Conference Coverage

Intepirdine flops in phase 3 study of mild to moderate Alzheimer’s patients

 

Key clinical point: The 5HT6-receptor antagonist intepirdine failed to confer any cognitive or functional benefits in patients with mild to moderate Alzheimer’s disease.

Major finding: On the ADAS-cog at 24 weeks, there was a mean decline of 0.36 points; on the ADCS-ADL, the mean decline was 1.06 points. There were no between-group differences, either overall or in the mild to moderate groups separately.

Data source: The placebo-controlled study randomized 1,315 patients to placebo or 35 mg daily intepirdine.

Disclosures: Dr. Lombardo is senior vice president for clinical research at Axovant Sciences, which is developing the drug.


 

AT CTAD

– An investigational Alzheimer’s drug intended to potentiate acetylcholine release didn’t pass muster in a global phase 3 study, despite a successful phase 2 trial.

Intepirdine on a background of stable-dose donepezil failed to confer any cognitive or functional benefit in patients with mild to moderate Alzheimer’s disease, Ilise Lombardo, PhD, said at the Clinical Trials on Alzheimer’s Disease conference.

Dr. Ilise Lombardo
Dr. Ilise Lombardo
“We are disappointed, of course,” said Dr. Lombardo, senior vice president of clinical research for Axovant Sciences, which is developing the serotonin-receptor antagonist.

Intepirdine blocks the 5-hydroxytryptamine receptor 6 and increases the release of acetylcholine, according to Dr. Lombardo. By giving it on a stable background of an acetylcholinesterase inhibitor, researchers hoped to improve cognition by increasing acetylcholine signaling between neurons. In a modestly successful phase 2b study reported out last summer, intepirdine did confer some cognitive and functional benefits.

The study was scheduled to be presented at the Alzheimer’s Association International Conference, but was pulled at the last minute when Axovant announced its initial public offering of stock shortly before the July meeting. However, Dr. Lombardo did review study 866 at CTAD. It randomized 269 patients with mild to moderate AD to placebo or intepirdine at 15 mg or 35 mg/day for 24 weeks. By 12 weeks, patients taking the 35-mg dose had declined 1.6 points less than those on placebo on the Alzheimer’s Disease Assessment Scale–cognitive subscale (ADAS-cog) and 1.94 points on the Alzheimer’s Disease Cooperative Study–Activities of Daily Living (ADCS-ADL). Both differences were statistically significant. The drug moved into a phase 3 study, dubbed MINDSET, at 35 mg.

MINDSET enrolled 1, 315 patients with mild to moderate Alzheimer’s disease and randomized them to placebo or 35 mg intepirdine for 24 weeks. All patients were on stable background donepezil. Again, the coprimary endpoints were the ADAS-cog and the ADCS-ADL at the end of the study. There were three secondary endpoints: the Clinician Interview-Based Impression of Change plus caregiver interview (CIBIC+), the Dependence Scale, and the Neuropsychiatric Inventory.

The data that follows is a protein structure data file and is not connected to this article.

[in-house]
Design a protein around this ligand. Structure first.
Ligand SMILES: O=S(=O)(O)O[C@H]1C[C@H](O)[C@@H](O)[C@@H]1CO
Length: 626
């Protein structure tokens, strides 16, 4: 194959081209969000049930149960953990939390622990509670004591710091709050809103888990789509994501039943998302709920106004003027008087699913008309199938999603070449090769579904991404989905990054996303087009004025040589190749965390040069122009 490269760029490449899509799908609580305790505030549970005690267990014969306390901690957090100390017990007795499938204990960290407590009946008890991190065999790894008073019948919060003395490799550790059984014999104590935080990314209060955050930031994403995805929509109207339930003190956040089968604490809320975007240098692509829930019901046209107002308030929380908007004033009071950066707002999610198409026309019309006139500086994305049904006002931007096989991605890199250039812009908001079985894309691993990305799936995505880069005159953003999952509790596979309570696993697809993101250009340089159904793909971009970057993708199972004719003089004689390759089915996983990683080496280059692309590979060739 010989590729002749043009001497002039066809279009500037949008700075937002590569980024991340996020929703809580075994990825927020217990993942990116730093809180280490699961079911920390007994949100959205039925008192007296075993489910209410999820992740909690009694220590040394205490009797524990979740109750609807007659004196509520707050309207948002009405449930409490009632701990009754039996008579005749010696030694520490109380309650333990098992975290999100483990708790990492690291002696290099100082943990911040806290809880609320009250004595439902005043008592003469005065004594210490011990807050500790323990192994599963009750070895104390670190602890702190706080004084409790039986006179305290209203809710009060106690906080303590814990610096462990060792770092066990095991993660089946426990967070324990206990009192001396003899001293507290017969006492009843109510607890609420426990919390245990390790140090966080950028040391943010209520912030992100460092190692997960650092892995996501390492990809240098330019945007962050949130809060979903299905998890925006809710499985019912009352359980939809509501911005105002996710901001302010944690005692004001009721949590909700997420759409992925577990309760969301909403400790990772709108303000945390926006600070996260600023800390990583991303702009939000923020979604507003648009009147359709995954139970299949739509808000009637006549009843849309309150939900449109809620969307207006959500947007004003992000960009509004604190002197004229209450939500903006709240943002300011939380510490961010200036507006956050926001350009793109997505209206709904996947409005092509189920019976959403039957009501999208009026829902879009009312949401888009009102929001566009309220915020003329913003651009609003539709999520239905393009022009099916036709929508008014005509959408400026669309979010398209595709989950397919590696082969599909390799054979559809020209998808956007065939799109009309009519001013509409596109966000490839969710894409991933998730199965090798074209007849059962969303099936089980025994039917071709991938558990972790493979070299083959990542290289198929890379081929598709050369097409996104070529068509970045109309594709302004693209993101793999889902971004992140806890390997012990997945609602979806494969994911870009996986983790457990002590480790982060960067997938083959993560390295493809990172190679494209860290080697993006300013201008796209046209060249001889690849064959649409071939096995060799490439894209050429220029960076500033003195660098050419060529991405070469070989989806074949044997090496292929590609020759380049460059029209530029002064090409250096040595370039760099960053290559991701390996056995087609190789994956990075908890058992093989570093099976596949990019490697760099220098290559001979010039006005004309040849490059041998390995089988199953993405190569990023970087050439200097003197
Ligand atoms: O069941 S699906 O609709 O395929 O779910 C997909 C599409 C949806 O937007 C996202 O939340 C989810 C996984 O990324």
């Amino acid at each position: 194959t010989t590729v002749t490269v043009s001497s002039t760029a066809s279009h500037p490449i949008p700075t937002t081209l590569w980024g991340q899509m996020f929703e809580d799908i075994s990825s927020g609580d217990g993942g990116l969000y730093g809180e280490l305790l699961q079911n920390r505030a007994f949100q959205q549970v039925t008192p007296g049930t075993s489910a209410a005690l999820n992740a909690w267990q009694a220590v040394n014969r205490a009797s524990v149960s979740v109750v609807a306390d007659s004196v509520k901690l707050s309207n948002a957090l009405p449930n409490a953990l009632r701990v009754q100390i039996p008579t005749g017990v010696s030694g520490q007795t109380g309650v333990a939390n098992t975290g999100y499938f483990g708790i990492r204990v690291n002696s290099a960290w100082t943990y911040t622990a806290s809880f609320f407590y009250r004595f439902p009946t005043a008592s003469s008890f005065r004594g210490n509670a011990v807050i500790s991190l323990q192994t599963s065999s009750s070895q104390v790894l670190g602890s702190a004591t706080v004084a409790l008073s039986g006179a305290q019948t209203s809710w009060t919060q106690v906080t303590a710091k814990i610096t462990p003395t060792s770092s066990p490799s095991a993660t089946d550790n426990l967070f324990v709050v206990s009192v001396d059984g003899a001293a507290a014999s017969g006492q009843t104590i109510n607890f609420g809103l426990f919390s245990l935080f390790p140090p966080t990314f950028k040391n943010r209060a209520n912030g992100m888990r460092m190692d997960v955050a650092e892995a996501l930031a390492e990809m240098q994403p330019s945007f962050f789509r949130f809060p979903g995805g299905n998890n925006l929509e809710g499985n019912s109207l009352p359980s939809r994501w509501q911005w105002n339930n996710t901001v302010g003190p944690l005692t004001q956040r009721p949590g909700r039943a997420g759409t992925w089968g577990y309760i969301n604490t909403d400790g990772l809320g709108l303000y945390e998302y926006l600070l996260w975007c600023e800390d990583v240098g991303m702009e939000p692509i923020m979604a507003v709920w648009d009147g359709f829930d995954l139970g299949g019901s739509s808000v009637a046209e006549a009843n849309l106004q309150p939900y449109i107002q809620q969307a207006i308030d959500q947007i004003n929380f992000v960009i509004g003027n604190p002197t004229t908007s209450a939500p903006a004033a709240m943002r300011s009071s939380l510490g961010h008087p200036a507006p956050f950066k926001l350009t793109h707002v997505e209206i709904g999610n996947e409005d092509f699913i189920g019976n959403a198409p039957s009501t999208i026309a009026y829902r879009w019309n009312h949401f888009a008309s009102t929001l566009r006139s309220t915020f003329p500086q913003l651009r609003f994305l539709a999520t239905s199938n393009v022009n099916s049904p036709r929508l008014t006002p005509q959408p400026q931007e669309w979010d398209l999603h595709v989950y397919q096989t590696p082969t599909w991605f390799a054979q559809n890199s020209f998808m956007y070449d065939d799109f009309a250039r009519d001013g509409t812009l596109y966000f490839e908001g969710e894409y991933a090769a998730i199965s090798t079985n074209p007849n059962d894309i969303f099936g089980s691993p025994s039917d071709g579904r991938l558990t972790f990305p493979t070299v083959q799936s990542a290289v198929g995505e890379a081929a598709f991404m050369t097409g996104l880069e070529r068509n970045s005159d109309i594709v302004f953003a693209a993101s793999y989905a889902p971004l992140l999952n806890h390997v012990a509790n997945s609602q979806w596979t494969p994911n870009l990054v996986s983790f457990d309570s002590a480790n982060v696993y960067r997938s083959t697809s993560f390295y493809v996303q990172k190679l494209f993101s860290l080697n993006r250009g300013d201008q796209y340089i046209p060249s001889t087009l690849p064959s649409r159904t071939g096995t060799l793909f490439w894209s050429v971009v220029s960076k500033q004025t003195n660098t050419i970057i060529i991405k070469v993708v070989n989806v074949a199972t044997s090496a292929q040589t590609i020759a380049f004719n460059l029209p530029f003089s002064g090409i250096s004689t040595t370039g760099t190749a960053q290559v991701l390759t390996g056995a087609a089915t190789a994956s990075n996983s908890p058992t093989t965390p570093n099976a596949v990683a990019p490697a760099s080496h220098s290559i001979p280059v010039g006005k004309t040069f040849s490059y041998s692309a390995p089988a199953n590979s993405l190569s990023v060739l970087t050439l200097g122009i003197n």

Patients were a mean of 70 years old with a mean Mini-Mental State Exam (MMSE) score of 18.5. The mean ADAS-cog score was 24 and the mean ADCS-ADL score, 58.

On the ADAS-cog, both groups exhibited a positive placebo response in the first 6 weeks, followed by a mean decline of 0.36 points. There was no statistically significant between-group difference. The story was much the same on the ADCS-ADL measure. Both groups had a brief placebo response, followed by a mean decline of 1.06 points. Again, the intepirdine and placebo groups declined similarly. There were no significant differences on either measure when the groups were broken down into patients with mild and moderate disease.

The CIBIC+ score was the only positive response among the secondary endpoints. Compared with those taking placebo, those taking intepirdine were more likely to be rated as minimally improved or unchanged.

The drug was safe however, with virtually no between-group difference in the occurrence of or the type of serious adverse events (about 6% in each group). Five patents died during the study; none of the deaths were related to the study drug.

Although Axovant no longer lists intepirdine as a potential Alzheimer’s treatment, investigation continues in a phase 3 placebo-controlled study in patients with Lewy body dementia. HEADWAY is testing a 70-mg dose, Dr. Lombardo said.

“Enrollment is finished and we are looking forward to results,” in early 2018. Answering a question about why the company went with 35 mg instead of 70 mg in MINDSET, she said that Axovant wanted to recreate the success of study 866.

“Since we had statistical significance even at 12 weeks with 35 mg, that’s what we went with,” she said. However, reviewing the adverse events told investigators that “we were not even near the maximum tolerated dose” at 35 mg. “Certainly we are now faced with the question of whether there will be a better response with 70 mg, and we are looking forward to answering that question with HEADWAY.”

Dr. Lombardo is senior vice president for clinical research at Axovant Sciences.

On Twitter @alz_gal

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